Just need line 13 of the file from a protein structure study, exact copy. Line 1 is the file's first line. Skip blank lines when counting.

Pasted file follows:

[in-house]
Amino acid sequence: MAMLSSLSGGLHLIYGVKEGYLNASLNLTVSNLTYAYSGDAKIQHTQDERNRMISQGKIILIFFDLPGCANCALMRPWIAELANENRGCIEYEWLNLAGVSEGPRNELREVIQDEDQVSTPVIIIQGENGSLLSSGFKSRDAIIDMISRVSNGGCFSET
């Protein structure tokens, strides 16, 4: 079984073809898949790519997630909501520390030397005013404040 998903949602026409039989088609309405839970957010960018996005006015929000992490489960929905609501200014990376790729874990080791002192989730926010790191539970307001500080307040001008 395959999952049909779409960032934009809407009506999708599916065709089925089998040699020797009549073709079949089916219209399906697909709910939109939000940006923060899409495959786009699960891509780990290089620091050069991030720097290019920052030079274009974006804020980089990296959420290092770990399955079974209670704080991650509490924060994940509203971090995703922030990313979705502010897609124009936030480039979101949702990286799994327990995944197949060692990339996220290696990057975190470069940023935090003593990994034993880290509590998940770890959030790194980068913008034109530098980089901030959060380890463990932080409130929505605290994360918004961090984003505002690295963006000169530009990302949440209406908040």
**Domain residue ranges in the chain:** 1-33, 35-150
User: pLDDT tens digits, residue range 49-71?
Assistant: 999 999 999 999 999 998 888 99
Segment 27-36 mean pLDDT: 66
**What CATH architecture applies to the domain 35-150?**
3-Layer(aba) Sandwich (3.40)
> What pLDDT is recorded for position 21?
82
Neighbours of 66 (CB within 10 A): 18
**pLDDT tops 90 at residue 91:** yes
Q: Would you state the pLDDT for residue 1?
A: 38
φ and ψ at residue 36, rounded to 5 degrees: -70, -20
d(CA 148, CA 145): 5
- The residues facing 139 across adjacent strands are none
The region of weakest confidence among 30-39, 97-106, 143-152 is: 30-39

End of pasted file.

**pLDDT tops 90 at residue 91:** yes